The Vision Thing

27 November, 2013

It is sad to report that the Dilbert Mission Statement Generator is no more. However, others have picked up the baton and you can find similar generators out there. Even if you cannot find one, it is easy enough to create your own. Take a series of words and phrases like “synergy”, “leverage”, “core competencies” and “going forward”, blend them with as many superlatives as you like and produce random sentences. It is often difficult to distinguish between real and fake ones.

This is a pity, because giving a bit of thought to vision and mission statements will serve as useful guidance for corporations, programs and even projects.

You will not meet vision and mission statements on any Project Management Professional (PMP)® course. The Project Management Institute reserves these concepts for Program Management Professionals (PgMPs)®. For program managers, it is important to position their programs to align with the corporate vision. But project managers can gain better understanding of their place in the bigger picture by spending some time devising vision and mission statements for their own projects.

The first step on the way is to understand what vision and mission statements are. First off, they are not the same thing (a mistake many corporations make). The vision statement is where you want to be. It is the goal as you see it now. You might distinguish public and private visions. For instance, the public vision could be: “To develop an economical power source from tidal sources”, while the private vision is: “To make the founders millionaires by the time they are 30”.

The mission statement, in contrast, is the high-level strategy: How are we going to achieve the vision? Corresponding to our example vision, our mission might be: “We will produce a full-sized, fully working, electricity generator, based on our patented TideTurbine technology, connect it to the grid and demonstrate its efficiency. We will license the technology to interested partners.” This clearly states how the vision will be met, without going into detail on how the generator will be build, how we will get access to the grid, how we will promote the product or how we will get the initial finance for the work.

The mission statement will be a synopsis of the company’s strategy. The strategic plan must be anchored by an awareness of what the company is good at. Many multi-national companies get into trouble by diversifying their portfolios into areas that they have no expertise (or indeed interest) in. A good vision and mission statement should inform any decision of this nature.

But what has this to do with the PMP® on the ground? As a project manager, you are likely to have experienced a project cancellation – and hopefully, closed out the project properly according to your PMP® training. But did you see it coming? A change in strategy at portfolio (corporate) or program level can mean your project no longer contributes to realizing the vision. In that case, your project is likely to be cancelled.

Another time when PMPs® need to be aware of the overall vision is when trying to get approval for a project. If you can align your project’s goals with the company’s vision, your idea will merit a hearing at least. For instance, an engineer in the TideTurbine company might come up with a really useful improvement to the wetsuits they use. However, the board of directors should not pursue this because it has nothing to do with economic power generation from tidal sources. However, if the engineer discovered a better way of transferring generated power from the turbine to the grid, allowing the turbine to be anchored further from shore, then that should definitely be pursued.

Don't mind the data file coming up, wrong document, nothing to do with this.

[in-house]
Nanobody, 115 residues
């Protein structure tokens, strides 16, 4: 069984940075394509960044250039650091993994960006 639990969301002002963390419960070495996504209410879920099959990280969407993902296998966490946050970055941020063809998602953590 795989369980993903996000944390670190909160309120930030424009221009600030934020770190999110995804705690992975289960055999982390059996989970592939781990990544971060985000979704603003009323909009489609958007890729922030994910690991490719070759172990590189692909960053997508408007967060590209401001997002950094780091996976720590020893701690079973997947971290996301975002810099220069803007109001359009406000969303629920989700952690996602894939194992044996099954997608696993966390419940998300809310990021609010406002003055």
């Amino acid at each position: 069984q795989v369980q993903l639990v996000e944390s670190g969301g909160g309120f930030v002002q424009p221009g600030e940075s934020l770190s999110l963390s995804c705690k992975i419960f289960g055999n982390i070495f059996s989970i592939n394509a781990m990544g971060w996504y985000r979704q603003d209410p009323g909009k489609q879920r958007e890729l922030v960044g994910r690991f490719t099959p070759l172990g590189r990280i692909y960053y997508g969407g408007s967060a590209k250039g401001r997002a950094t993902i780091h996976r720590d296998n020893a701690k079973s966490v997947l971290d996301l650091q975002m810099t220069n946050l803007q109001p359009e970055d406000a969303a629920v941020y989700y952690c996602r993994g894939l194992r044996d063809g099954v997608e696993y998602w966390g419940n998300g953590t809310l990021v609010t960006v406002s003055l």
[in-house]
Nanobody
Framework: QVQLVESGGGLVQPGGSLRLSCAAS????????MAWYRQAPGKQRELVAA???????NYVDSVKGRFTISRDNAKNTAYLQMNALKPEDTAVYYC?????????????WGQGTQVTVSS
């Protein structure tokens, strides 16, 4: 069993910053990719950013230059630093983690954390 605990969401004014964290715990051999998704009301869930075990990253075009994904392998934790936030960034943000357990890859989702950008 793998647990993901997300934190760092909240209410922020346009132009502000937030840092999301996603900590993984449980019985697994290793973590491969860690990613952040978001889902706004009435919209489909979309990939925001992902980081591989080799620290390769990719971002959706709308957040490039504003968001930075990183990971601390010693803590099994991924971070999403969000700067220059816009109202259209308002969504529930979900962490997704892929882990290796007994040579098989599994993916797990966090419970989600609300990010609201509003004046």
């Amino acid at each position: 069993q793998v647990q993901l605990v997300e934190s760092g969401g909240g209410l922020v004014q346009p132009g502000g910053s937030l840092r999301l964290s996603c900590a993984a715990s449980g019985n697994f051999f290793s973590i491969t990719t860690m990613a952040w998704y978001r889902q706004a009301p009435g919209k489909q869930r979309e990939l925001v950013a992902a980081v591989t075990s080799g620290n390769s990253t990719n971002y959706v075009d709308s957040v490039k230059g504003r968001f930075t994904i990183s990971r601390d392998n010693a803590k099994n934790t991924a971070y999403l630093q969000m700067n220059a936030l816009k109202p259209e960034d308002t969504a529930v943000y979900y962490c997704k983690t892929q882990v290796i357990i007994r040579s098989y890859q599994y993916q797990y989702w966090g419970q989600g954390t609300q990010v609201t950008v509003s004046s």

So the next time you are asked by a project sponsor to take on a project, spend a little time determining how this fits into the overall corporate strategy. Then devise your own vision and mission statements to reinforce this alignment. For instance: “This project will make the TideTurbine more attractive to potential licensees by allowing the turbine to be anchored further off shore”.

Fans of agile methods and the Scrum project management methodology in particular, will recall that Scrum projects should define a vision statement. Again, the goal is to anchor the project with a definite purpose. Agile projects (or projects with an adaptive life cycle as you PMPs® might call them) do not have clearly defined scope at the start of the project. In situations where the requirements (or product backlog) can change between iterations, it is really useful to have some overall definition of the product under construction so that we do not go off developing totally unrelated features.

As an example, suppose our vision is: “To develop an automated payroll system for Acme Inc.”. Then we should certainly start asking questions if the customer starts requesting features relating to invoice processing. It might be legitimate – some contractors might be paid for their work by invoicing the company and this might be accounted for as a payroll cost – but the vision statement allows a degree of scope control by outlining the boundary of the product or service we are developing.

In terms of PMP® certification, Velopi’s vision is to provide a one-stop-shop for PMP® students. The mission: By using our Blended Learning Solution, our PMP® courses provide total support for our PMP® students, from initial application to preparing for the PMP® exam itself. Our strategy includes hosting PMP® courses in Dublin, Cork, Limerick and Galway and providing online, simulated PMP® exams to provide the best PMP® exam preparation. For more details, please see our training page or contact us directly.

By Velopi Seamus Collins
 

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